Each of these texts is one I wanted to devote a whole post to, but, unfortunately, time and energy are not on my side.
On Her Majesty's Secret Service (1963) by Ian Fleming. Probably the most palatable of the James Bond novels, but that's not saying much. The second in the Blofield trilogy, this has some genuinely exciting moments and excellent location-building but the whole vibe of these books is something I can't get behind.
The Secret History (1992) by Donna Tartt. Iconic as an inverted mystery story and as a campus novel, I think it's impossible to deny that The Secret History is a masterpiece.
'Old Boys, Old Girls' (2004) by Edward P. Jones. A short story published in The New Yorker, this is everything twenty-first century crime fiction should be. Powerful and evocative, it voices a perspective that mainstream - white - American fiction cannot emulate.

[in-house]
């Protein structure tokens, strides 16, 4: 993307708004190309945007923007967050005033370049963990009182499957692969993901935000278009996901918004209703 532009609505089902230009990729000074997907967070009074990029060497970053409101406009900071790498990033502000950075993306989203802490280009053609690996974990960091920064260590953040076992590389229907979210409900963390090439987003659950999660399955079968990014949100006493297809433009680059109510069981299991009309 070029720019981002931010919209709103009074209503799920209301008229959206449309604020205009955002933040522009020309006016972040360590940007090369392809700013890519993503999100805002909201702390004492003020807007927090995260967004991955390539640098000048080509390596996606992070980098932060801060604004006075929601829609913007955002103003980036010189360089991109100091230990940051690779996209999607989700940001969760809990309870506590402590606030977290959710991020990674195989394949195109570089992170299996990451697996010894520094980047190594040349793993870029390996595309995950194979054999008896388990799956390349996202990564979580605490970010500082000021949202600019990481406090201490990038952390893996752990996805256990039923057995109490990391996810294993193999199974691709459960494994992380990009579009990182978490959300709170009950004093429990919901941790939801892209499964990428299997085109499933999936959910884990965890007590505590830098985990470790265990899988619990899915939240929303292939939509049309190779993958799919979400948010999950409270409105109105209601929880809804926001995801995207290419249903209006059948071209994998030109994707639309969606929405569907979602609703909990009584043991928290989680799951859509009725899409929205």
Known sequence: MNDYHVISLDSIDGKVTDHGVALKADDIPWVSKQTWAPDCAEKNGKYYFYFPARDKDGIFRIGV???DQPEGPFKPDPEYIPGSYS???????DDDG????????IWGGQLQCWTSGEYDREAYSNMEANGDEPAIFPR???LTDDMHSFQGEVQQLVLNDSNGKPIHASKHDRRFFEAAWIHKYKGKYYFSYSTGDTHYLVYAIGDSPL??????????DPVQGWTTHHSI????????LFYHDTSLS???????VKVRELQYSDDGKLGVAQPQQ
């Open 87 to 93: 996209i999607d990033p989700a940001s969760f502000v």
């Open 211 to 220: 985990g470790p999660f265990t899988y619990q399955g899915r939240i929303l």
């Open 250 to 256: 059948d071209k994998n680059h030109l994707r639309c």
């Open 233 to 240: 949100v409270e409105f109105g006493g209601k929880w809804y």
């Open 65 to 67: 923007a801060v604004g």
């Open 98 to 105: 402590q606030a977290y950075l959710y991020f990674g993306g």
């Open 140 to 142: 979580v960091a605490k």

Gaudy Bauble (2017) by Isabel Waidner. I am obsessed with this avant-garde queer crime novella, published by Dostoyevsky Wannabe. Nothing is defined in Socialist Britain in the year 201x: people, objects, events, and language all merge and blend and interact. In its extraordinary humour, the text reveals how far identity politics and crime fiction have yet to come.
Six Degrees of Assassination (2017) by M.J. Arlidge. This is a six-part political crime drama with an all-star cast, available for free on Audible. Arlidge's script is cliche-ridden but slick enough. The performances suffer from Extremely-Talented-Actors-Reading-A-Script-For-The-First-Time Syndrome.